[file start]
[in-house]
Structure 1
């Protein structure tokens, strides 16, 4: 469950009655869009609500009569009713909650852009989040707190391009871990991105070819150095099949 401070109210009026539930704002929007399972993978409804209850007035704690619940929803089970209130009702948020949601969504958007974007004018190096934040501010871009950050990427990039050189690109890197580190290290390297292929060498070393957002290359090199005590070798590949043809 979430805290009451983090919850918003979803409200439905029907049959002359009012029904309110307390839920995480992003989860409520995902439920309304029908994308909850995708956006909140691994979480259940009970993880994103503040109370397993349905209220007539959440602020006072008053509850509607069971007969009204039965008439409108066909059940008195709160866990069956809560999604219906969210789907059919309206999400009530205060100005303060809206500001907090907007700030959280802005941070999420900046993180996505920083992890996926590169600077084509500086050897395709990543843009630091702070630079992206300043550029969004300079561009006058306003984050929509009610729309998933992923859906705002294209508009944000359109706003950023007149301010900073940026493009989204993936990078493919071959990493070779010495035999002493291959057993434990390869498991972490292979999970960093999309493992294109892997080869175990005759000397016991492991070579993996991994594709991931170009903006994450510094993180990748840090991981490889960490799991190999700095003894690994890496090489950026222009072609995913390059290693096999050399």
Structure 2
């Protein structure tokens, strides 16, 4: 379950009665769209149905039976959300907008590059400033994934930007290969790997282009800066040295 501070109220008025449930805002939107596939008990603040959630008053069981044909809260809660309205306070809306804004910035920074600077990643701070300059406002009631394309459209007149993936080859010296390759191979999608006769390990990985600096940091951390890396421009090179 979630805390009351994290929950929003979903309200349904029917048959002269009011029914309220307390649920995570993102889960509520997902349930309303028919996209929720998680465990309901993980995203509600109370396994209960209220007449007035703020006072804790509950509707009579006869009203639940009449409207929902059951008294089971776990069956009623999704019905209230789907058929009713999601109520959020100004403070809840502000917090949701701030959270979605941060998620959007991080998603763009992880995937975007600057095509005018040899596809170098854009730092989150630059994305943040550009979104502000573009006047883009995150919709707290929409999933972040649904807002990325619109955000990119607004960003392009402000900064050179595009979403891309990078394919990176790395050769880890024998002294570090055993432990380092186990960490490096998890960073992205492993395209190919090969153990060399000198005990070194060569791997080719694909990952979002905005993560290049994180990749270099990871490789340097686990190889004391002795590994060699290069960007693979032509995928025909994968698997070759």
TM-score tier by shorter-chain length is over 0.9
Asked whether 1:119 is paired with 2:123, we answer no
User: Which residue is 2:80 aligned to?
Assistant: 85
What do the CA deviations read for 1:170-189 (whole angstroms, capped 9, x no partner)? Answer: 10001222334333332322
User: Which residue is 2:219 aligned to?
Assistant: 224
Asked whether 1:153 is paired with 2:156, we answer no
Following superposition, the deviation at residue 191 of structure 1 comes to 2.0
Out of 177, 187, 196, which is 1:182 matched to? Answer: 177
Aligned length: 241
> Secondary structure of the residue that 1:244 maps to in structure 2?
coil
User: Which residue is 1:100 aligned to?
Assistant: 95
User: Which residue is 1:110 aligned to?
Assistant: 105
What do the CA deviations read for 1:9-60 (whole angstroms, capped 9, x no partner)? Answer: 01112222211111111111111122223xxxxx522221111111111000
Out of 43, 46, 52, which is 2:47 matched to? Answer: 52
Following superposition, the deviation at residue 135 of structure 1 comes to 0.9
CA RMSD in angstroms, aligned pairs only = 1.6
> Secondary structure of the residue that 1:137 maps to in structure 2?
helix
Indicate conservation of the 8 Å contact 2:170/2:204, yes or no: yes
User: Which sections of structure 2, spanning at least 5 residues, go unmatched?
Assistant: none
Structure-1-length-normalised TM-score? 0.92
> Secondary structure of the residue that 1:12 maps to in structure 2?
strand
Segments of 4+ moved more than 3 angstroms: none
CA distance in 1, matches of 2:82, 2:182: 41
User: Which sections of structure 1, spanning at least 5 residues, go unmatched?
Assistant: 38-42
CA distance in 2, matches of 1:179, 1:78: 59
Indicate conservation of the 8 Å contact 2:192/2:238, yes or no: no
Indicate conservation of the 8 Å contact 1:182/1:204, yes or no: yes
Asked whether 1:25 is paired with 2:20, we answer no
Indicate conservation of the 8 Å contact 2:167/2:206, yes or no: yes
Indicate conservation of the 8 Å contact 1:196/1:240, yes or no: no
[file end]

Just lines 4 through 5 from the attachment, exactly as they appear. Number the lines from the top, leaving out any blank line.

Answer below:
Structure 2
């Protein structure tokens, strides 16, 4: 379950009665769209149905039976959300907008590059400033994934930007290969790997282009800066040295 501070109220008025449930805002939107596939008990603040959630008053069981044909809260809660309205306070809306804004910035920074600077990643701070300059406002009631394309459209007149993936080859010296390759191979999608006769390990990985600096940091951390890396421009090179 979630805390009351994290929950929003979903309200349904029917048959002269009011029914309220307390649920995570993102889960509520997902349930309303028919996209929720998680465990309901993980995203509600109370396994209960209220007449007035703020006072804790509950509707009579006869009203639940009449409207929902059951008294089971776990069956009623999704019905209230789907058929009713999601109520959020100004403070809840502000917090949701701030959270979605941060998620959007991080998603763009992880995937975007600057095509005018040899596809170098854009730092989150630059994305943040550009979104502000573009006047883009995150919709707290929409999933972040649904807002990325619109955000990119607004960003392009402000900064050179595009979403891309990078394919990176790395050769880890024998002294570090055993432990380092186990960490490096998890960073992205492993395209190919090969153990060399000198005990070194060569791997080719694909990952979002905005993560290049994180990749270099990871490789340097686990190889004391002795590994060699290069960007693979032509995928025909994968698997070759």